Thursday, October 27, 2016
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Overseas Workers in Japan: Promises and Risks Symposium by Verite


Verité, an independent global non-profit organization monitoring international labor rights, has been a staunch defender and promoter of labor rights. The are concerned with issues like child labor, slavery, employment and workplace discrimination, unfair and dangerous working conditions, and insufficient compensation or unpaid work.

Last September 12, held a symposium on the recruitment process and working conditions of migrant Filipino workers in Japan themed: “Overseas Workers in Japan: Promises and Risks.” It was held at the GT Toyota Building, Asian Studies Center in UP Diliman. For this particular event, Verité wishes to shine a brighter light on the problems that OFWs encounter, specifically in Japan where many of our fellow Filipinos go to find work and experience their culture.

The same symposium was also be held at the Kawasaki Hotel Nikko in Tokyo on September 28, 2016 for the OFW community, labor rights advocates, policymakers, and ethical employment practitioners in Japan.

The symposium featured a viewing of the short documentary titled ”Ijū-sha: Reportage on Filipino Workers in Japan,” written and directed by Harris Guevarra, that features overseas Filipino workers (OFWs) and their stories of the hardships and opportunities they encountered abroad.

Speeches and remarks from known authorities and labor rights advocates followed thereafter.  Vice President Leni Robredo shared her views on migration via recorded video.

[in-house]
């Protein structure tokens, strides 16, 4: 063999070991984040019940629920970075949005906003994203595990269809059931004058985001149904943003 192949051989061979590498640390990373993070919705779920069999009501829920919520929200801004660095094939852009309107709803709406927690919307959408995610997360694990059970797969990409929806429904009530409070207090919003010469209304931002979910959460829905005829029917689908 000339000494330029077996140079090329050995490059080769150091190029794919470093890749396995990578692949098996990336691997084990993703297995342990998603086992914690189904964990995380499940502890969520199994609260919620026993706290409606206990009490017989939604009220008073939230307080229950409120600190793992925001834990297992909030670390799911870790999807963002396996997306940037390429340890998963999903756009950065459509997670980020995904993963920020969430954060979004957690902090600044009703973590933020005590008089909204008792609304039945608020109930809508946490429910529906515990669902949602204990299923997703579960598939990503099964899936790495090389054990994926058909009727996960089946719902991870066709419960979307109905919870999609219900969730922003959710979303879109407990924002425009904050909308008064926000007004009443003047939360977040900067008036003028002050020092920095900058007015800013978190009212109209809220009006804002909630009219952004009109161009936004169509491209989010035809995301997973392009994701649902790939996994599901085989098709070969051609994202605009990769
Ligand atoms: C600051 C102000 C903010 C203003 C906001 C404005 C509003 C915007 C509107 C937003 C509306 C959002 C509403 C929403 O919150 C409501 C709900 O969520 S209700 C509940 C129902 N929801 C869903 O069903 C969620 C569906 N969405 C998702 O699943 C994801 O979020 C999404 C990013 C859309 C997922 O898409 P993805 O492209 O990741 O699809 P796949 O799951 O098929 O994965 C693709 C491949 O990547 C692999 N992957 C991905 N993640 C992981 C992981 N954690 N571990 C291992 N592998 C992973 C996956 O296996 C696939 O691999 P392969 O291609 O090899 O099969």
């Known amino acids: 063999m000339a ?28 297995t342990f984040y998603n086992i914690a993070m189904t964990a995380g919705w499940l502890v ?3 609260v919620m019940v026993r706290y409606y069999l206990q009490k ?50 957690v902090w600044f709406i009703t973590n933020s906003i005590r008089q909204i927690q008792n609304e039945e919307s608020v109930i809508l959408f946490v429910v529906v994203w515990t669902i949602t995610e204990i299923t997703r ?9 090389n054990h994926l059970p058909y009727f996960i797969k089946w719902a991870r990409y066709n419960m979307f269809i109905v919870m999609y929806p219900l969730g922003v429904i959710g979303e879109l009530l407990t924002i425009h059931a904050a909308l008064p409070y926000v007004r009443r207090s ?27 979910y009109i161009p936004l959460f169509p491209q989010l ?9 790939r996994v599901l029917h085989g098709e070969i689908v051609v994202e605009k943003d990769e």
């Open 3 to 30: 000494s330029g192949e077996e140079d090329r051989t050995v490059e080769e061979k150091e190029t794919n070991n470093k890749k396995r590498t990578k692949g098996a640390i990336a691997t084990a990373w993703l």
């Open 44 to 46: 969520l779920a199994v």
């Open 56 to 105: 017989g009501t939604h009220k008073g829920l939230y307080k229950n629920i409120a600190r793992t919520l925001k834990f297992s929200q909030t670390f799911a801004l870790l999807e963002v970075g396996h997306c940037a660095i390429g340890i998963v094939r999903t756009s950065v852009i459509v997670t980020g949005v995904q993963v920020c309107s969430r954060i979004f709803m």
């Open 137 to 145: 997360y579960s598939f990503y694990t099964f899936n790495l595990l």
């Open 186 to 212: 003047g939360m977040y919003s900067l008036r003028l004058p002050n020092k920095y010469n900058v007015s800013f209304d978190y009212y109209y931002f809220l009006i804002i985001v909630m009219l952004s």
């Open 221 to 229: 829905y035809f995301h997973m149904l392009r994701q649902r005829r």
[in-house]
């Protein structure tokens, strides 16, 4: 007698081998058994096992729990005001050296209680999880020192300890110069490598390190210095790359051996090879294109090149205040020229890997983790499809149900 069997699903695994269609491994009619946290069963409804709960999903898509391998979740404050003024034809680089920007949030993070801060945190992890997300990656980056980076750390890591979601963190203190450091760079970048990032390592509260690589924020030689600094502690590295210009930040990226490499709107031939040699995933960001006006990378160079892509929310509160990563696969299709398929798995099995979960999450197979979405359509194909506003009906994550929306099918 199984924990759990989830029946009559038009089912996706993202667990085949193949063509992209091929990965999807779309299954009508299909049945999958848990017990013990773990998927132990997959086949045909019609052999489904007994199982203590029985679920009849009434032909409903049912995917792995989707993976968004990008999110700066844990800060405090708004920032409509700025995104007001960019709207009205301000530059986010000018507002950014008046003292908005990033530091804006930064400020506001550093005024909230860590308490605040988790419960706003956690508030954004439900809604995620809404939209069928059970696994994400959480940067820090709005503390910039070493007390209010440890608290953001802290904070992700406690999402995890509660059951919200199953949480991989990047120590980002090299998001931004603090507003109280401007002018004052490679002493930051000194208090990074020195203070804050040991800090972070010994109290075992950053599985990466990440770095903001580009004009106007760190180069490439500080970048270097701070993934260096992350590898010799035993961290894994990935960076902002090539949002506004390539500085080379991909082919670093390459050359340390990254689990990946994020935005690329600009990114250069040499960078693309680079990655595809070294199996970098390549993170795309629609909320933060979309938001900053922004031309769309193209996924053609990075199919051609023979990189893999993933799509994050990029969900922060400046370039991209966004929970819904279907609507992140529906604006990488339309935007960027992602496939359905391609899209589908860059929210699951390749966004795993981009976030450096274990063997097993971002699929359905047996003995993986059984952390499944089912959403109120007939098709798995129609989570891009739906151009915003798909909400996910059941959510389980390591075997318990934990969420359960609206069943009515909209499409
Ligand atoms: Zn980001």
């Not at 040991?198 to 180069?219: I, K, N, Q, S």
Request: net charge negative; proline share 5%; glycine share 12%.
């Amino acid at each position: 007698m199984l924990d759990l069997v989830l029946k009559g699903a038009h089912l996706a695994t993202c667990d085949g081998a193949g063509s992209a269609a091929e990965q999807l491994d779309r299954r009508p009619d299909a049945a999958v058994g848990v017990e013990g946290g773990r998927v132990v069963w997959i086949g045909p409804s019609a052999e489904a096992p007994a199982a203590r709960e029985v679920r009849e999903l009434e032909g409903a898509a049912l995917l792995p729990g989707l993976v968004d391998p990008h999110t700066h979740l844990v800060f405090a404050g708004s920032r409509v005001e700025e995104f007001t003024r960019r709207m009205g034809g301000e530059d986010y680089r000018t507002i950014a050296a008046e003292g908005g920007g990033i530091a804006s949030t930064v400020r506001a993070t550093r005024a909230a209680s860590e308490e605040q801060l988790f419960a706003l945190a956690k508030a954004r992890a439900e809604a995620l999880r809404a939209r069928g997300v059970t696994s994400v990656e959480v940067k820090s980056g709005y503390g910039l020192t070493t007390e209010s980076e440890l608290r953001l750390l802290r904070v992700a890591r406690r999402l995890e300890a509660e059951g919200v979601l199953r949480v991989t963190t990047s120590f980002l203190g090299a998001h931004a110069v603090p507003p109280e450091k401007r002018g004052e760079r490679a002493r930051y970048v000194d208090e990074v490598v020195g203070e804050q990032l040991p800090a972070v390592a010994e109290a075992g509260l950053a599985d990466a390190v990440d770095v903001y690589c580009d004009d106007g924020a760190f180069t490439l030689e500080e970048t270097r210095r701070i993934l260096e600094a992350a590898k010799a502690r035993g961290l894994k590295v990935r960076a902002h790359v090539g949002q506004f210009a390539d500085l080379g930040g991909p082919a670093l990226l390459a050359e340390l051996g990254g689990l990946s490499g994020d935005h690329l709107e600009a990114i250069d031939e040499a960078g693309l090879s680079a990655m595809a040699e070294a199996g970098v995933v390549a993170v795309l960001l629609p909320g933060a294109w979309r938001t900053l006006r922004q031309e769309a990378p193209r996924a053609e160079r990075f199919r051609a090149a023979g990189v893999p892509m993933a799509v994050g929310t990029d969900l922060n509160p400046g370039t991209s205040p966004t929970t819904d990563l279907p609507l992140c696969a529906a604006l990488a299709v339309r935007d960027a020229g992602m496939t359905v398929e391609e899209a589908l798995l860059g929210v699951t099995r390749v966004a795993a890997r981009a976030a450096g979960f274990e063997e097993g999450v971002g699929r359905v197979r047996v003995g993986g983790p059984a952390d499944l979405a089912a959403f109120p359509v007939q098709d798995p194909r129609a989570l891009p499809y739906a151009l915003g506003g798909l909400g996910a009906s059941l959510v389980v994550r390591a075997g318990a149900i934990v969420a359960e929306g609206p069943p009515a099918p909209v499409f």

A discussion of our OFWs’ respective situations and ways how to help the OFWs through the Philippines’ and Japan’s labor laws.

Verité and representatives from the government and NGOs led the discussion and lay down frameworks for improved systems. Guests had a chance to build networks and further discuss the topic.

The event is expected to be a milestone in the long battle to secure the rights of our fellow Filipinos working abroad and ensure that they are earning the due benefits they are working for.

Key stakeholders and partners from the government, private sector, civil society, and academe attended the event where they discussed ways to minimize risks and maximize benefits for our migrant workers.


The documentary Ijū-sha looks into the lives of our migrant Filipino workers in Japan through stories from returned worker, a jobseeker, and a currently employed OFW in Japan. The stories of Filipino migrant workers in Japan are told primarily by three women: Rose, Cecile, and Sugar.

Their personalities and lives differ from each other, but their stories of life as workers and their aspirations and motivations for working abroad echo the same struggle for livelihood, challenges brought about by foreign culture and laws, and desire for a better future. Each storyteller shares her hardships, those of which we’ve come to associate with working abroad. But these sacrifices also come with hard-earned successes, unbridled happiness, and euphoric reunions.

The documentary begins with the women sharing their reasons for wanting to work in Japan. Some of them want to experience snow, while some of them want to work with the Japanese because they know them to be kind and respectful people. Cecile cites the most common, yet most important reason: “Nung 18 po ako, kaya ko naisipan mag-Japan, dahil sa hirap ng buhay sa Pilipinas.” (When I was 18, I thought of going to Japan because life in the Philippines is really hard.) These women, like most OFWs, found Japan attractive because of the opportunities it presented.